June 4, 2012
This post originally appeared on http://thecamspuscompanion.com and was written by a staff writer.
We are college students, and therefore, we are really smart and know more than everyone else…ish. However, one thing college students tend to struggle with is awareness of current events. So, those of you interested in perpetuating your claim to omniscience might benefit from reading the following brief summaries of a few big news topics. While you might not want to immediately strike up a debate with your local politician using only the information from this article, you might be able, at the very least, to impress your boss or your parents’ friends.
To reiterate, the following are brief and condensed versions of news stories to give you a general idea of what is happening outside of Facebook and your respective campus. For more detailed information, some links are also provided below. Also, look out for weekly installments of current events on TCC for the rest of the summer!
Greece and the Eurozone
Europe is supposed to be that place that always has its shit together and thinks its better than everyone else, right? Well, that doesn’t look like the case right about now, mainly due to Greece. Greece is part of the European Union, but it’s going through a bit of a political crisis and is in the midst of significant alterations to its government, which is also causing a lot of financial issues (major debt, high unemployment, etc). The talk now is that Greece is going to leave the European Union, not necessarily because it wants to, but because it cannot afford to stay. This would mean that it would start using its own currency again, and would withdraw from the support of stronger European banks. Removing itself from the EU could potentially result in the eruption of political and social chaos and things could get ugly. But since they are no longer part of the EU, that would be Greece’s problem.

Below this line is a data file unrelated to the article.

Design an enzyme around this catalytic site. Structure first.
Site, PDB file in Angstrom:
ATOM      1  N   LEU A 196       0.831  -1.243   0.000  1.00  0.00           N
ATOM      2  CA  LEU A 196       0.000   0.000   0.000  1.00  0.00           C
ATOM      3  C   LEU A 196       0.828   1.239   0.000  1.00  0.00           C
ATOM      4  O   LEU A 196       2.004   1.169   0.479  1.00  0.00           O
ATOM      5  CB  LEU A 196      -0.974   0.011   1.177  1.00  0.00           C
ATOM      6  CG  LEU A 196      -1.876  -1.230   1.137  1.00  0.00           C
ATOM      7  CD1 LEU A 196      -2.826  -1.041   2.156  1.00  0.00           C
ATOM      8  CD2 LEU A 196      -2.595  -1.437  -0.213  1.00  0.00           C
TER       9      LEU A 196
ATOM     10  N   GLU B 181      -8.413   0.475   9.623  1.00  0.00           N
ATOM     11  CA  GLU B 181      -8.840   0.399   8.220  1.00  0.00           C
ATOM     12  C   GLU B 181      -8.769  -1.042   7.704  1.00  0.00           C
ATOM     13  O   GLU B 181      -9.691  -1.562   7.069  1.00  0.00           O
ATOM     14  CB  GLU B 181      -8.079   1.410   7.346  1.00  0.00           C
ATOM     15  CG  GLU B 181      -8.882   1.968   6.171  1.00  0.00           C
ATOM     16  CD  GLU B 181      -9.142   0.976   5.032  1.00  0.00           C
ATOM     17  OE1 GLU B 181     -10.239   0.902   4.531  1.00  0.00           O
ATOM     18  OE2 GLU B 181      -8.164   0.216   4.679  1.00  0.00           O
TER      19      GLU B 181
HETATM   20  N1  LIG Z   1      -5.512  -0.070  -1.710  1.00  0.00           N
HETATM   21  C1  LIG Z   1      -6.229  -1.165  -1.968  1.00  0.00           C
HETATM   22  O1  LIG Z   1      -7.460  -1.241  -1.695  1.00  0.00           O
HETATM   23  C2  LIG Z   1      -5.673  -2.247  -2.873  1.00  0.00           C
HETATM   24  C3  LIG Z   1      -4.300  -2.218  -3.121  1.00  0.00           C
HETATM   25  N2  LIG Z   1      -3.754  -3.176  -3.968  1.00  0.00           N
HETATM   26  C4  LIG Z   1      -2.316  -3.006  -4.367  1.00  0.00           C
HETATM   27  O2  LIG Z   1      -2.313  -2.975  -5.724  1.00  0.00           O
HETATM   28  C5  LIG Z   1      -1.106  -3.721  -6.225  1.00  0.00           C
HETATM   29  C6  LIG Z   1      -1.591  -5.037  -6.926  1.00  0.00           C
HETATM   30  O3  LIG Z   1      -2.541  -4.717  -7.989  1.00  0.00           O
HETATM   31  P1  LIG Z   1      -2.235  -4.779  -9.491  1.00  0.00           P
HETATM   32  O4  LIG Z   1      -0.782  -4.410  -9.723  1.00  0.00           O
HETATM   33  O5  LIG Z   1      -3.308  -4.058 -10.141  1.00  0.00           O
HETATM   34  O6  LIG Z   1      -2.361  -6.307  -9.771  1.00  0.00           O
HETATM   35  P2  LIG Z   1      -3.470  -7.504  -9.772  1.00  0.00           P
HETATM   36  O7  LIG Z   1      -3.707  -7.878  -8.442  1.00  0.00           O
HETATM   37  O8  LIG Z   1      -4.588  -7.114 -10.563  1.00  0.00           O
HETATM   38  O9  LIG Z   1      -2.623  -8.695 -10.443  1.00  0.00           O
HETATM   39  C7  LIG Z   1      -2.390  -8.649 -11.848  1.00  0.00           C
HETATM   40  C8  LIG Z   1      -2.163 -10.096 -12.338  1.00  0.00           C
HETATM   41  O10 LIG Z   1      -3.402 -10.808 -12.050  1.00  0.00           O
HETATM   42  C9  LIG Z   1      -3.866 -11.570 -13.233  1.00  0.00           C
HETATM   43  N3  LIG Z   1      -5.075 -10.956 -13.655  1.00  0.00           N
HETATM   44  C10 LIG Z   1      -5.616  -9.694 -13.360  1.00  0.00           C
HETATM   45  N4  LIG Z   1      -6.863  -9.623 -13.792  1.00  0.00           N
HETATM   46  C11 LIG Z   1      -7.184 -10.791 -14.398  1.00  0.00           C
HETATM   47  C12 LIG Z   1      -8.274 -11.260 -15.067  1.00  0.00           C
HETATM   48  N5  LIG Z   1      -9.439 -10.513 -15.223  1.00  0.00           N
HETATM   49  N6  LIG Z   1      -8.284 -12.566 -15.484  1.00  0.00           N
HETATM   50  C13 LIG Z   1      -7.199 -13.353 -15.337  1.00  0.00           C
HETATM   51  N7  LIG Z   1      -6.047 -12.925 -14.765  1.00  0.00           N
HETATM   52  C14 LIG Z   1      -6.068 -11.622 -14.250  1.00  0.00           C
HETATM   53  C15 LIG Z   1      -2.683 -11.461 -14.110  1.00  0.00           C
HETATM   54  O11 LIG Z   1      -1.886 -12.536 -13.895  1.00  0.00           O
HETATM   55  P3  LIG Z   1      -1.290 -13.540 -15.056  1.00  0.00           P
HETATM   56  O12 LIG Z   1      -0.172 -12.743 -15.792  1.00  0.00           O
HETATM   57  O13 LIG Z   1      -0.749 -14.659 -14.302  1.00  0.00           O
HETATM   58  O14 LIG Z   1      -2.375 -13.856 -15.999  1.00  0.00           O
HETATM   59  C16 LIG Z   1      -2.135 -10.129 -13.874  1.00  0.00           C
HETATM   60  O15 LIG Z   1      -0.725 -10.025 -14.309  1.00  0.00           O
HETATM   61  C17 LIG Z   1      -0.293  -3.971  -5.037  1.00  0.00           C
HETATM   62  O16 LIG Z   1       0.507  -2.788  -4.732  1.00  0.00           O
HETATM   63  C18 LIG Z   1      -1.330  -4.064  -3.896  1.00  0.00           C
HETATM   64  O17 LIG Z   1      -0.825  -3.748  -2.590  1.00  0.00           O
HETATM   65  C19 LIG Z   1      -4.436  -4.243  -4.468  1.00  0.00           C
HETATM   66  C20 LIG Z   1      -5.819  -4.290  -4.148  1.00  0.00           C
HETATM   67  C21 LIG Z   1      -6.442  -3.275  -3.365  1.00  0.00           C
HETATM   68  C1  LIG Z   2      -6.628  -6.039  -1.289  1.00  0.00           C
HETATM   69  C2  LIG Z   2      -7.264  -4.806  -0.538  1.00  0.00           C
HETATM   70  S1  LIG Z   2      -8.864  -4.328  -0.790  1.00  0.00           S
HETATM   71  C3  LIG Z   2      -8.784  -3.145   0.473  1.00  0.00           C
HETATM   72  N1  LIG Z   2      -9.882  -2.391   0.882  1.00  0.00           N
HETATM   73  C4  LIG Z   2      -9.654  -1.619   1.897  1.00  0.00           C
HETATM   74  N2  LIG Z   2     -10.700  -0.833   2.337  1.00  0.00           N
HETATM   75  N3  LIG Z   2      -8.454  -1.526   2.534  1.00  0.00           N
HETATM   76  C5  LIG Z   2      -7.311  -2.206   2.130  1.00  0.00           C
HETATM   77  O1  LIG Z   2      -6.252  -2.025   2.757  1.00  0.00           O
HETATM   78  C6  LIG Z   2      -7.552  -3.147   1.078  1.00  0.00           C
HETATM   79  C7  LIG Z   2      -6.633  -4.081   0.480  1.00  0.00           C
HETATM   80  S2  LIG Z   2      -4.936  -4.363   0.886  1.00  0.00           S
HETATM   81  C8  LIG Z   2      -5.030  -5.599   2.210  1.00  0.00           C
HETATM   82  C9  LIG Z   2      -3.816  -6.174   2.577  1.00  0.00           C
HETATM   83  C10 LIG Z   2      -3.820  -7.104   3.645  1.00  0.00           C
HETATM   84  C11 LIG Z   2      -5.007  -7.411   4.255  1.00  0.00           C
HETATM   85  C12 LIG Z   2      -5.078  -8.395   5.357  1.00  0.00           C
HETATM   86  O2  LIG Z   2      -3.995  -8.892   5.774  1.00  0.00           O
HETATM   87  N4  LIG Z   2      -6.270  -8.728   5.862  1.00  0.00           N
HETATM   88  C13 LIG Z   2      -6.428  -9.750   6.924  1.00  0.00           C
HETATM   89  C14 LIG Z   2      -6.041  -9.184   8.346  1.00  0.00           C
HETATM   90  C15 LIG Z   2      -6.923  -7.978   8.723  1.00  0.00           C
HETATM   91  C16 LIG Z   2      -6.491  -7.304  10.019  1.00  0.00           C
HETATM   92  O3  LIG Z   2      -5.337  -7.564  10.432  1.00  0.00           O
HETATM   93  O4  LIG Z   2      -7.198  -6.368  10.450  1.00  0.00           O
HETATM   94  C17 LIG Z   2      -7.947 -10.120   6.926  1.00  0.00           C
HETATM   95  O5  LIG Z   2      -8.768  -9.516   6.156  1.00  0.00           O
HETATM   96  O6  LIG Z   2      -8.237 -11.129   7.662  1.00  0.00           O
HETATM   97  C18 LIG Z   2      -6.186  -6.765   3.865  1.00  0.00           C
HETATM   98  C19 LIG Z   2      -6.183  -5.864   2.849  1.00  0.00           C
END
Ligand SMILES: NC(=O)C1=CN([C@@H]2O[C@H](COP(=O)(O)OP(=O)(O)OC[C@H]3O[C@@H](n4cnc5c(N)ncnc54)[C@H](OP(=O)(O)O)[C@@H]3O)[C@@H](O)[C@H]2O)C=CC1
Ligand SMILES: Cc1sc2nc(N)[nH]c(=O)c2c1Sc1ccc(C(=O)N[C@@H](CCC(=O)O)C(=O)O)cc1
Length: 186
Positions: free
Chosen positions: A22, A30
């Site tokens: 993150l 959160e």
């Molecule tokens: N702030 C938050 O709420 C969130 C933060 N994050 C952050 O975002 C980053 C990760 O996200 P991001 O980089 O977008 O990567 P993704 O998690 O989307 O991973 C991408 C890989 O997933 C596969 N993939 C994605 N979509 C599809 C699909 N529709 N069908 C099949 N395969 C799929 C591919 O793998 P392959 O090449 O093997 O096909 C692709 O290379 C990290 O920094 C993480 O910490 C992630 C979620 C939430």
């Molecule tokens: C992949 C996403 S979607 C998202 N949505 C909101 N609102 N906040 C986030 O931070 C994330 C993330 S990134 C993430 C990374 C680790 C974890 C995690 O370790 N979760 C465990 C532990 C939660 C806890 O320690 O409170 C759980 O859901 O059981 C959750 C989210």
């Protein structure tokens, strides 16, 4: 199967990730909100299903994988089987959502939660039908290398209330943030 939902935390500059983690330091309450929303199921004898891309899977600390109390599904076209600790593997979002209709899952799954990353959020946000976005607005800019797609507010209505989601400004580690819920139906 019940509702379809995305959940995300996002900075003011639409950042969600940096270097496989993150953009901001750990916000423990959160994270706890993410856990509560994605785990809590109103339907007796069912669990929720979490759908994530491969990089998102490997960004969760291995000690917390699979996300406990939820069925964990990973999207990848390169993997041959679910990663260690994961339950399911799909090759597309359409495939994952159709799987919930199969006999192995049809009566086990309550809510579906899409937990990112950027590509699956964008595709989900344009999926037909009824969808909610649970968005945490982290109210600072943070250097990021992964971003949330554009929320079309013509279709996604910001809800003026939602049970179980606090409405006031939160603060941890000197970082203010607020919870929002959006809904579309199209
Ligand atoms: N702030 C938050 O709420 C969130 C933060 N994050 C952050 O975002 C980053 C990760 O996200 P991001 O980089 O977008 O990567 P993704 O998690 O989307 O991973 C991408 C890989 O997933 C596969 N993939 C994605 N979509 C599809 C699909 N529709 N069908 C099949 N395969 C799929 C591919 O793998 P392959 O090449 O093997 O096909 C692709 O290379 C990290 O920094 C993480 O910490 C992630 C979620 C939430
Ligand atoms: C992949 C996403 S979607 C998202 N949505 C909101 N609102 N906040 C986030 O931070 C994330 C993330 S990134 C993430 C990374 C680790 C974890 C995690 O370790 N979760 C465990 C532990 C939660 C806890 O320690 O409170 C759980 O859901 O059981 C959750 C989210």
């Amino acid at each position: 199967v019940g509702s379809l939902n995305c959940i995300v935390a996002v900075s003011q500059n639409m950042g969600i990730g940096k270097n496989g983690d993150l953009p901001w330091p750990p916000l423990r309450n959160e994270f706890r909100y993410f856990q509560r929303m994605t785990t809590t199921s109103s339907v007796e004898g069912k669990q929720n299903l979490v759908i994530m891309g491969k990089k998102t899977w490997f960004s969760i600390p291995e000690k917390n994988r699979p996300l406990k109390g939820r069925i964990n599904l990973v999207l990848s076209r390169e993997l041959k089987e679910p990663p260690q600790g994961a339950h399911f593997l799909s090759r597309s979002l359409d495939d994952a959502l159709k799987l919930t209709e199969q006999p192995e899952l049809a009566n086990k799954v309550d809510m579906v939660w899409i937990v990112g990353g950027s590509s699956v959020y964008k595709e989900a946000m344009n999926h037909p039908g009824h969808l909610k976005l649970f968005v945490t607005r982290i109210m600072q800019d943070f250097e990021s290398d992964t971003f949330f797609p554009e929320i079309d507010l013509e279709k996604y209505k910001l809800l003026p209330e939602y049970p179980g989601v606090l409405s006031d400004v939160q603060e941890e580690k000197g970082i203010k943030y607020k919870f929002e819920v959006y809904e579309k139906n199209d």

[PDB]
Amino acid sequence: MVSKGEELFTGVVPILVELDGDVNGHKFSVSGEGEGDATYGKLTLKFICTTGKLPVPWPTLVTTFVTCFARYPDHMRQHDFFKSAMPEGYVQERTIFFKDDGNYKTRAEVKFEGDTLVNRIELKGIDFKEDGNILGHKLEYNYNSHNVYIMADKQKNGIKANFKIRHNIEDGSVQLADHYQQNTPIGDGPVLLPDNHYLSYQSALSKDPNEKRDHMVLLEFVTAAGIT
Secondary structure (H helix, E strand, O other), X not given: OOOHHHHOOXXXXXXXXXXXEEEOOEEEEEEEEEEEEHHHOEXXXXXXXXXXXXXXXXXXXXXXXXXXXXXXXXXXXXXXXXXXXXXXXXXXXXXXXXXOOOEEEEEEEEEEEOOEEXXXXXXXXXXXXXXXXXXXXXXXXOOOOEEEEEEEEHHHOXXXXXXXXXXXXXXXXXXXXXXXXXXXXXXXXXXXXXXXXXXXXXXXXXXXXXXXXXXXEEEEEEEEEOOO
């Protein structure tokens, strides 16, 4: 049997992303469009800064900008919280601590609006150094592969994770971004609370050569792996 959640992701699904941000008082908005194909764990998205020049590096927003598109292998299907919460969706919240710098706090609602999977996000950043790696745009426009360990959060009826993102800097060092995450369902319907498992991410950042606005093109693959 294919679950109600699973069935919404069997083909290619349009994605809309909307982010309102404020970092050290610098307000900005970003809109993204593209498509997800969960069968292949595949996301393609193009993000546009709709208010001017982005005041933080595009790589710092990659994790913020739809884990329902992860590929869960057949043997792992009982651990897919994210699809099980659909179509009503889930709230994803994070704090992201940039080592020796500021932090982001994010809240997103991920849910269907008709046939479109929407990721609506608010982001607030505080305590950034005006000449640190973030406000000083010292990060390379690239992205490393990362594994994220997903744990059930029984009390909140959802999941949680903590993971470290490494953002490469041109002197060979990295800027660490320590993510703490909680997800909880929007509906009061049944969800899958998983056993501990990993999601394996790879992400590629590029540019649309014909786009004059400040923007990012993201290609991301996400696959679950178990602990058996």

While it seems that the European Union is pretty sick of pulling Greece’s weight (in terms of loans), Greece pulling out might not be in the best interest of the rest of European Union. While no one has ever up and left the EU before, there is speculation that countries with better economies, like Germany, face the risk of not getting any returns on the massive loans they have given out to save other Eurozone countries. But worse than this, Greece’s new currency, the Drachma would have a very low value, making it even harder for Greece to repay the billions of euros that it already cannot afford to return.
Failure to repay these loans will mess up the security and reliability of the entire European banking system, potentially resulting in another big credit crunch. And it gets worse. There is also now worry that other EU countries with bad financial situations, like Italy and Spain, will also struggle to repay their debts, and will start to amass more, requiring even further loans from EU banks—banks that are pretty unwilling to lend anymore money because of how much Greece has caused them to lose. On top of all this, unemployment rates are starting to climb to record numbers as a result of this debt crisis and businesses being forced to cut workers due to debts to the government. Not looking so good now, are you Europe?
Read more: BBC – Eurozone Crisis Explained
If you are like me, every time you fill up your gas tank, a small piece of your soul withers and dies. But I have good news—gas prices are expected to get even higher as the summer progresses! Who can we blame for this? Well, if we want to point fingers, I guess we can blame the EU (and why not kick them while they are down), with aid from the U.S, because they set an embargo, effective in July, on Iran’s oil exports. And since 80% of Iran’s export revenue comes from oil, this really messes with their economy, so they have to significantly jack up the price of oil.
But the EU isn’t arbitrarily setting this embargo just to watch us suffer. This all ties into – wait for it – the production of nuclear warheads. In fact, the projected oil price hike isn’t guaranteed because negotiations are still ongoing between the EU (and other Western powers) and Iran in regards to uranium concentration. The Western powers want Iran to be more transparent about its nuclear energy use. Iran claims that they wish to reach maximum uranium enrichment so that they can better harness nuclear power for energy purposes.
The U.S and EU aren’t buying it, and they are enforcing this embargo so that they can try to more closely analyze Iran’s nuclear activity. If Iran lessens the amount of uranium enrichment it is currently seeking to attain, the EU may cancel the embargo. If not, the embargo will go into effect in July, and oil prices will increase dramatically (although EU states will certainly have it worse than we will in the US). Considering how important oil is to the Iranian economy, it might just give in and prices won’t change. But if not, you might want to reconsider your mid-July road trip.
Read more here: MSNBC – Iran, big powers agree to hold more nuclear talks in June